The Saint Sauveur Church (rue Saint-Sauveur)

  • Église St-Sauveur, clocher (17)
    St-Sauveur Church, bell tower (17) © Musée Rochelais d'Histoire Protestante

As they became too numerous to meet in private houses, the Protestants of La Rochelle were granted permission to use the churches of Saint Sauveur and Saint-Bartholomew for worship in 1561. By agreement with the Catholics ‘when some came out, the others entered’ and it all occurred ‘in great peace’.

The situation did not last long, barely for a few weeks in 1561 and 1562. The king’s Edict of Amboise (19 May 1563), eventually allowed Protestants to meet publicly in the Saint Michel and Gargoulleau rooms.

In 1568 François Pontard, then mayor, made the people of La Rochelle join Louis de Condé’s party. The city was put in a state of defence, the churches were pulled down and the stones used to strengthen the city walls. The church towers alone were preserved as strategic watch towers. The destructions account for the present aspect of Saint Sauveur Church. The 15th century bell tower is the only remnant, the rest of the edifice having been rebuilt in the 18th century after a terrible fire.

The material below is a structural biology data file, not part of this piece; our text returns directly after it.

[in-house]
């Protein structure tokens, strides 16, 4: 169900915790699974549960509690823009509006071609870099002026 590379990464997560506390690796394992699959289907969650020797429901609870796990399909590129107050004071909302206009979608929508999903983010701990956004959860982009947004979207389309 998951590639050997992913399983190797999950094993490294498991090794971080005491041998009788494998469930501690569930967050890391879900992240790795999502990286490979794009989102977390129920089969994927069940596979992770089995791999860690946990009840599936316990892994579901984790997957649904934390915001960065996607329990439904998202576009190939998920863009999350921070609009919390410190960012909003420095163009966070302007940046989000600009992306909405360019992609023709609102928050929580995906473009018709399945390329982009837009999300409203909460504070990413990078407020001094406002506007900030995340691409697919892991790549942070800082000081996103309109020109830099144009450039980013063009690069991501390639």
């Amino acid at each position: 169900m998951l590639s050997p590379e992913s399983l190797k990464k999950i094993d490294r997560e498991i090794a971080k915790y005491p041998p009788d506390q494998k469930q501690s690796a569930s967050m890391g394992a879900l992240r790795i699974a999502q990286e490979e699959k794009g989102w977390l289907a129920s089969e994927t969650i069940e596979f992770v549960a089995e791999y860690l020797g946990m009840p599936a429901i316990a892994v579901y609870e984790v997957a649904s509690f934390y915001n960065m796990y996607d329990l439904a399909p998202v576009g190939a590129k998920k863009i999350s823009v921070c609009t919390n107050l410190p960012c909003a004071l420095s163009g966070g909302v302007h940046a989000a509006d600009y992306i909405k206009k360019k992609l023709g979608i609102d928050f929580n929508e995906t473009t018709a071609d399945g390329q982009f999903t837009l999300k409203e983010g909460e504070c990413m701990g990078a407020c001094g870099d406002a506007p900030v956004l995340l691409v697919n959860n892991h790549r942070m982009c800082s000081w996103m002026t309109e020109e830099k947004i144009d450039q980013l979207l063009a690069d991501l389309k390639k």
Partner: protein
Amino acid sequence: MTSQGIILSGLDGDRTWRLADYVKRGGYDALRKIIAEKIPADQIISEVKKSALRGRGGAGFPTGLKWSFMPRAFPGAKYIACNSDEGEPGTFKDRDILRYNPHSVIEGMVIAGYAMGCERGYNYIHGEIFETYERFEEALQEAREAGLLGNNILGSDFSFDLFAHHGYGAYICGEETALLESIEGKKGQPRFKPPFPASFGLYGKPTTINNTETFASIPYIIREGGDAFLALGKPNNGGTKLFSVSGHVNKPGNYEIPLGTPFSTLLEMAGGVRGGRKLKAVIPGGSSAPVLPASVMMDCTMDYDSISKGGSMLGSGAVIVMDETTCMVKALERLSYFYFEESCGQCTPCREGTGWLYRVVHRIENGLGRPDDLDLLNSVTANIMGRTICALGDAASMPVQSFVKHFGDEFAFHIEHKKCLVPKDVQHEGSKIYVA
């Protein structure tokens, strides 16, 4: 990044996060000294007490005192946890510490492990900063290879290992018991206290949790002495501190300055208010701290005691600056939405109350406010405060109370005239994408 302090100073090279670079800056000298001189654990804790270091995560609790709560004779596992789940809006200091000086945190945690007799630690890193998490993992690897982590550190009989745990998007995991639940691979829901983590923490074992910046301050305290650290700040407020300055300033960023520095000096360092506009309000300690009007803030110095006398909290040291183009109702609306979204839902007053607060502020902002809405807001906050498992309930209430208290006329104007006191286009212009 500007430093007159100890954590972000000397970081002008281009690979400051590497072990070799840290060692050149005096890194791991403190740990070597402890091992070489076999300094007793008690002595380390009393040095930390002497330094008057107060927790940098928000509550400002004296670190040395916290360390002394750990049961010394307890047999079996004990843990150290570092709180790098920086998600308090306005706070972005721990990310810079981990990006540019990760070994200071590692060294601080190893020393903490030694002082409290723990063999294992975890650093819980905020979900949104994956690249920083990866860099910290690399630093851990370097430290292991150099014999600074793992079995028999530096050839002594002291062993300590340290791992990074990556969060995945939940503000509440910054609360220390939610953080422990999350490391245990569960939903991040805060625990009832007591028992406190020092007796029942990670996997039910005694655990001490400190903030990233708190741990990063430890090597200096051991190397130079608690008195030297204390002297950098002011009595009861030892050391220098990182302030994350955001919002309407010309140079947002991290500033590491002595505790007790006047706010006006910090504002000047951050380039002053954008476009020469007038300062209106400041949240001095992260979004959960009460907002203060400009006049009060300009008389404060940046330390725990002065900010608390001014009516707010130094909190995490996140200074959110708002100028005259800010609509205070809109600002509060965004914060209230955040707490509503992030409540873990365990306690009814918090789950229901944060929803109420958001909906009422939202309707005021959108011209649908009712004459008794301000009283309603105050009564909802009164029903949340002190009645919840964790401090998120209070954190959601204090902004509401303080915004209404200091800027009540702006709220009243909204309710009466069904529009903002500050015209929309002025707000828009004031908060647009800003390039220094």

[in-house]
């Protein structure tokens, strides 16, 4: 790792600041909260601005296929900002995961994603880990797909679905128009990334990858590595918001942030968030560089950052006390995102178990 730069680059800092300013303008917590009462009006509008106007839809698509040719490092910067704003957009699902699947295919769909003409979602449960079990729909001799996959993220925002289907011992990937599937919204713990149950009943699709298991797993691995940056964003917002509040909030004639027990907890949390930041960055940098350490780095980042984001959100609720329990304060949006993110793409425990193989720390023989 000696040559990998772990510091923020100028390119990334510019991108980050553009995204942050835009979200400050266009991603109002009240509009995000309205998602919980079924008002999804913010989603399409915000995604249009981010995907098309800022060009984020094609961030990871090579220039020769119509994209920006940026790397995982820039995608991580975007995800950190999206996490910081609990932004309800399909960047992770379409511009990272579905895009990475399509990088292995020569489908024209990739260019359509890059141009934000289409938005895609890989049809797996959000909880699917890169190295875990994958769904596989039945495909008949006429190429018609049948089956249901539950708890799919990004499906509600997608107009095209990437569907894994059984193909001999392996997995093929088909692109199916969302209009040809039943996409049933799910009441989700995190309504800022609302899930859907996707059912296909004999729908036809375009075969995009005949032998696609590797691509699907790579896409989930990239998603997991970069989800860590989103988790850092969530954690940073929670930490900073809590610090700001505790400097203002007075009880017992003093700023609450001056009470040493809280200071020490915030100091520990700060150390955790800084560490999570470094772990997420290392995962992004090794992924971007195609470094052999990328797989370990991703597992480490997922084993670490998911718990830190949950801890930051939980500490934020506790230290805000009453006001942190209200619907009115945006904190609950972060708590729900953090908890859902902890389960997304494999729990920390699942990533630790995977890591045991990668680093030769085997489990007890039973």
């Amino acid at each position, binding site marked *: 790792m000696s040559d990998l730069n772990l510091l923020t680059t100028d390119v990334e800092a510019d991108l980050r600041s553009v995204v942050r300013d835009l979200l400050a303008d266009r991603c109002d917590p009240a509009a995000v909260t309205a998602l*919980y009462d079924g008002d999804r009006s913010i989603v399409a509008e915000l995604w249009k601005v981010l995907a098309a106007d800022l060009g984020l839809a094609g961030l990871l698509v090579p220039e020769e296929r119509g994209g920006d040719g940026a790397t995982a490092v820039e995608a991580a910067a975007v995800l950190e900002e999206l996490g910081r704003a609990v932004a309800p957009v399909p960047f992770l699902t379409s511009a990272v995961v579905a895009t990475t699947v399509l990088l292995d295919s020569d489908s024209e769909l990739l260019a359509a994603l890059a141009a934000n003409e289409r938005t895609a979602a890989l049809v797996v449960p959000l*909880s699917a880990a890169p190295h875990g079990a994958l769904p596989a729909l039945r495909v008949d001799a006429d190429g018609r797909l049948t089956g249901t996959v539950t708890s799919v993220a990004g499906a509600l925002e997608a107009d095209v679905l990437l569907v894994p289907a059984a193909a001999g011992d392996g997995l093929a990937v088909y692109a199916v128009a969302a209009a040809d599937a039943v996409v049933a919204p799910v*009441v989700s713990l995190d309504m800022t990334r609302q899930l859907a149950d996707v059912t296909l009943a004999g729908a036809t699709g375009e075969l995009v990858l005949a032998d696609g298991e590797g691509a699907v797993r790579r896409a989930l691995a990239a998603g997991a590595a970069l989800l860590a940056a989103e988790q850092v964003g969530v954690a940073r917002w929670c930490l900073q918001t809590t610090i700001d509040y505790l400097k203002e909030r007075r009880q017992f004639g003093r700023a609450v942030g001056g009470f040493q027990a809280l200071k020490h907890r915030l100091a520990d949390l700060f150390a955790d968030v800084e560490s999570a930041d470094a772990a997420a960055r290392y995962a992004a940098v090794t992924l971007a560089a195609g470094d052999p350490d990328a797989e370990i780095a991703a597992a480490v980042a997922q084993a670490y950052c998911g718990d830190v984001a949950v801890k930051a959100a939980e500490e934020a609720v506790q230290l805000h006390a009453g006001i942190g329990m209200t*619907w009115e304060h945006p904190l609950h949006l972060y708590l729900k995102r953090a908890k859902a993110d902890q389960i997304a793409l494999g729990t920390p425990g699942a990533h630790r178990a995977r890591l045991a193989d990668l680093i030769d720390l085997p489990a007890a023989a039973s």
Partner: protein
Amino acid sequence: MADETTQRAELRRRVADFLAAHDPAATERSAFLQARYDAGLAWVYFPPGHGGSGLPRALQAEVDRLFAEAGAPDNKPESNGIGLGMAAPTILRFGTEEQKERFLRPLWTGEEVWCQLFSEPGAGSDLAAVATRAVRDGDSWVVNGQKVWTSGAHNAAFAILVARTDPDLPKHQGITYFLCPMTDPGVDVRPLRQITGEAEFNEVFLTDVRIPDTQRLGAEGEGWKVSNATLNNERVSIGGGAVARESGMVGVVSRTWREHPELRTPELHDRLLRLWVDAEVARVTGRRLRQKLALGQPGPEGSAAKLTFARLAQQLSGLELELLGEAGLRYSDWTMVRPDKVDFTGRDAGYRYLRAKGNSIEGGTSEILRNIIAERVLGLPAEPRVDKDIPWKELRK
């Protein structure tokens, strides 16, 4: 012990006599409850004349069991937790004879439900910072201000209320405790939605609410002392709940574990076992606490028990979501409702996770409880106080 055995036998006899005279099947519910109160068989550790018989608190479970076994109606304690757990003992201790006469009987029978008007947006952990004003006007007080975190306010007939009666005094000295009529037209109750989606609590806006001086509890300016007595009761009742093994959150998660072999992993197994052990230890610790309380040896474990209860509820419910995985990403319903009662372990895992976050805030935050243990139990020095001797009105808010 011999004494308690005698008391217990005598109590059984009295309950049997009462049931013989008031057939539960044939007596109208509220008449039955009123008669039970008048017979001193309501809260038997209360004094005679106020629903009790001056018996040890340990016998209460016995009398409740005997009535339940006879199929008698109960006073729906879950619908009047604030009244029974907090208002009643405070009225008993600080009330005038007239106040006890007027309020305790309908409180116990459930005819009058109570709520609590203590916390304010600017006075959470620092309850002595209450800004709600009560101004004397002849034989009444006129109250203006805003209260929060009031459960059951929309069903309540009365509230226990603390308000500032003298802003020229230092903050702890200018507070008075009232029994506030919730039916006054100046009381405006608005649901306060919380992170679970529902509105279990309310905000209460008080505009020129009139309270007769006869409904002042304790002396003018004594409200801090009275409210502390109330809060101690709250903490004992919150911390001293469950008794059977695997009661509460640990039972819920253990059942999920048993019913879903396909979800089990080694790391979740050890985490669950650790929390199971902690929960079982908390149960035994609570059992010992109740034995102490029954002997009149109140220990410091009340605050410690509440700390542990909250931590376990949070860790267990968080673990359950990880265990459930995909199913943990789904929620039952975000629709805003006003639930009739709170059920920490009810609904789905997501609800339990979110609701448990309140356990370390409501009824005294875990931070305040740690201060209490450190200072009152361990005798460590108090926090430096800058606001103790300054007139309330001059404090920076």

Progress in the tour

Associated tours

  • A walk through Protestant La Rochelle

    As early as 1546, La Rochelle was one of the major cities in the kingdom won over to the Reformation. La Rochelle had been an economic and maritime power since...

Associated notes